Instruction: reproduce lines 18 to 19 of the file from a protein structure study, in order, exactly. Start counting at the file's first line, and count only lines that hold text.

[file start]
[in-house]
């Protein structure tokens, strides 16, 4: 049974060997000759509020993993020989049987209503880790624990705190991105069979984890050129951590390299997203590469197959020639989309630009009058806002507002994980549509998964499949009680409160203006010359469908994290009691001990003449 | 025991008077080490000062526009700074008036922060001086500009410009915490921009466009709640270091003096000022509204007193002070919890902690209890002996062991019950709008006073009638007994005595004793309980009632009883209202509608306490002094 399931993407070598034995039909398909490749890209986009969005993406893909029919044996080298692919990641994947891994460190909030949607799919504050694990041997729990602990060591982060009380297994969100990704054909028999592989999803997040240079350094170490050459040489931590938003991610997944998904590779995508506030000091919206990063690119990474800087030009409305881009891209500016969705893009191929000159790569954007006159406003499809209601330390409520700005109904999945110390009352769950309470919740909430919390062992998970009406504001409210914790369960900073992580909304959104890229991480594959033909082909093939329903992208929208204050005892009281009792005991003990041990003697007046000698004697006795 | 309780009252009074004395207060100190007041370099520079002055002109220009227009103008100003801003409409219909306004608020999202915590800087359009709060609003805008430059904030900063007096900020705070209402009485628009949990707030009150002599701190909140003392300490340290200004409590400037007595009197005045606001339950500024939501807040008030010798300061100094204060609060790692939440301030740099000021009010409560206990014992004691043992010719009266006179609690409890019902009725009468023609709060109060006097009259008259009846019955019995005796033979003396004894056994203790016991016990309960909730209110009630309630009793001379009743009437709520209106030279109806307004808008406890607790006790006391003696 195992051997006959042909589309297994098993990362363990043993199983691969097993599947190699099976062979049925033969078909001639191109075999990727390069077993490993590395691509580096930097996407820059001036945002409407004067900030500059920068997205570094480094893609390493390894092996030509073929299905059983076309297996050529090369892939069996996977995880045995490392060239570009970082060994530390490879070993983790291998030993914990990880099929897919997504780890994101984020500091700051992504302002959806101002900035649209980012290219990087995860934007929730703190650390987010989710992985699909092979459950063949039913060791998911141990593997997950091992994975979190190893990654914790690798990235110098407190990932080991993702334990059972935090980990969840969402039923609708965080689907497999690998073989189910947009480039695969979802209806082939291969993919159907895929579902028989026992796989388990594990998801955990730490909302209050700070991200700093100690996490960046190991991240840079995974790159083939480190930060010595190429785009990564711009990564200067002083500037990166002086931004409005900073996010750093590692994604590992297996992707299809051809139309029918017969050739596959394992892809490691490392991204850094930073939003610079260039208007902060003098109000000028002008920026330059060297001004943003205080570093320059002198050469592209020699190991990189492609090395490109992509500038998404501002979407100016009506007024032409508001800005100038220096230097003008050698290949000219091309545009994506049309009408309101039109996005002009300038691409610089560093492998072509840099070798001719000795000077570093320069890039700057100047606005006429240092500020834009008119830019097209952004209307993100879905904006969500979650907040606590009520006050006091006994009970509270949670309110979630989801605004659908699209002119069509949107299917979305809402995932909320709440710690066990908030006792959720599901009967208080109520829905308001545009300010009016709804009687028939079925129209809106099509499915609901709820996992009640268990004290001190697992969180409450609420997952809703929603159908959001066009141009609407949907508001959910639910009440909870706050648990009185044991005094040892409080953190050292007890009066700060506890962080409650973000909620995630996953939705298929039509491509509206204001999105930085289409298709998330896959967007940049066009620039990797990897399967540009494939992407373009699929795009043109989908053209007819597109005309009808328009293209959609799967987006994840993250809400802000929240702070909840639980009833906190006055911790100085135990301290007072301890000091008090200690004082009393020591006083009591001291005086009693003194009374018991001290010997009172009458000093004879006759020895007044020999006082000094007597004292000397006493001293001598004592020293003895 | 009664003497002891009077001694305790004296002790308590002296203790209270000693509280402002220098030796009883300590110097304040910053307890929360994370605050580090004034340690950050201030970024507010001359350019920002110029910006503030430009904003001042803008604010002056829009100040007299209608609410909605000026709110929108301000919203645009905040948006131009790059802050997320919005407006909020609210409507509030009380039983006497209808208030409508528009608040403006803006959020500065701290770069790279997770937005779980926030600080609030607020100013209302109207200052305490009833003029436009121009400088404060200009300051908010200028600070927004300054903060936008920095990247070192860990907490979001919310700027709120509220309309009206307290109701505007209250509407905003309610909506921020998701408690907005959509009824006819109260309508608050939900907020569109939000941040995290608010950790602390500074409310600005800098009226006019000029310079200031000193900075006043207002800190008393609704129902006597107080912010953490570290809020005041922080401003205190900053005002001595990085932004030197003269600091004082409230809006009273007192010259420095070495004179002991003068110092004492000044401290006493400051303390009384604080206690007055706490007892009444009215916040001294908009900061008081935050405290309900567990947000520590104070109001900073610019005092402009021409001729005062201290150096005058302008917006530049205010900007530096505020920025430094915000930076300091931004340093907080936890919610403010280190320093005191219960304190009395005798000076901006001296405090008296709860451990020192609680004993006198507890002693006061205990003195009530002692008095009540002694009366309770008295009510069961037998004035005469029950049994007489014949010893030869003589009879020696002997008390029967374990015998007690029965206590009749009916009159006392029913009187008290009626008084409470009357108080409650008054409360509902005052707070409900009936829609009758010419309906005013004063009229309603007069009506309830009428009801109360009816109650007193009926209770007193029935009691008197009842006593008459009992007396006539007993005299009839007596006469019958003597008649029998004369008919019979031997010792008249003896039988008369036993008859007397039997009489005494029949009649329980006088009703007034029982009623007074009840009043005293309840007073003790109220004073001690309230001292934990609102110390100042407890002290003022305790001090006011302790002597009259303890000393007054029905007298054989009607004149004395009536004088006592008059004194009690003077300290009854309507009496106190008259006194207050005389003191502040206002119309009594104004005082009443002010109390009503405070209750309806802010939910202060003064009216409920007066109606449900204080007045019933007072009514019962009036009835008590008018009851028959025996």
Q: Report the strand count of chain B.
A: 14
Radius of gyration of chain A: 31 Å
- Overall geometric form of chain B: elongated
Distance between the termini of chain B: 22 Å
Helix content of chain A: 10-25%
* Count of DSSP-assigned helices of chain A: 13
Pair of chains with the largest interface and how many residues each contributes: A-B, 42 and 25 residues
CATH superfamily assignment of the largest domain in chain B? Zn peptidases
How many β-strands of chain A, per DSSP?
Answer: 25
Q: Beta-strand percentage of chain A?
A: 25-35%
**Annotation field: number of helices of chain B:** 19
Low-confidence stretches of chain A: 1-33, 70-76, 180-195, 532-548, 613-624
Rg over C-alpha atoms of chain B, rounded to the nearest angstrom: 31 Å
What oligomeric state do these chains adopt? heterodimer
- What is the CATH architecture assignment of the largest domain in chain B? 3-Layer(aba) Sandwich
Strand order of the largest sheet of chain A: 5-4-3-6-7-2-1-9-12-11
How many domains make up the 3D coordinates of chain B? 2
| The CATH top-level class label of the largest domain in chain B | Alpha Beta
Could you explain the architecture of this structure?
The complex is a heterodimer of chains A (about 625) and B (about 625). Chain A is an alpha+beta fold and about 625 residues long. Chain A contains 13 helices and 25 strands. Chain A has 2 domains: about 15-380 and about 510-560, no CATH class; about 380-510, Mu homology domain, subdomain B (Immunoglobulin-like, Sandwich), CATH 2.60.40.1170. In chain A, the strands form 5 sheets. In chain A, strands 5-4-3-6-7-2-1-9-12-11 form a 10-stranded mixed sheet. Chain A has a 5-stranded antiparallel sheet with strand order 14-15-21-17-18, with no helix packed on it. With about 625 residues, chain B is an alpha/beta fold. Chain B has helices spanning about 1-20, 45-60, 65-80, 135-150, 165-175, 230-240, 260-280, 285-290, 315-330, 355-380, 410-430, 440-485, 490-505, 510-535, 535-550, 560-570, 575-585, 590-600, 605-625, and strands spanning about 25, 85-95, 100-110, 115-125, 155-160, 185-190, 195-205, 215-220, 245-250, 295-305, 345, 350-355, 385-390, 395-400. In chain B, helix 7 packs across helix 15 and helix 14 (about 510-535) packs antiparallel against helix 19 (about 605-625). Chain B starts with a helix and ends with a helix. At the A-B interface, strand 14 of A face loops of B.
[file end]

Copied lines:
Rg over C-alpha atoms of chain B, rounded to the nearest angstrom: 31 Å
What oligomeric state do these chains adopt? heterodimer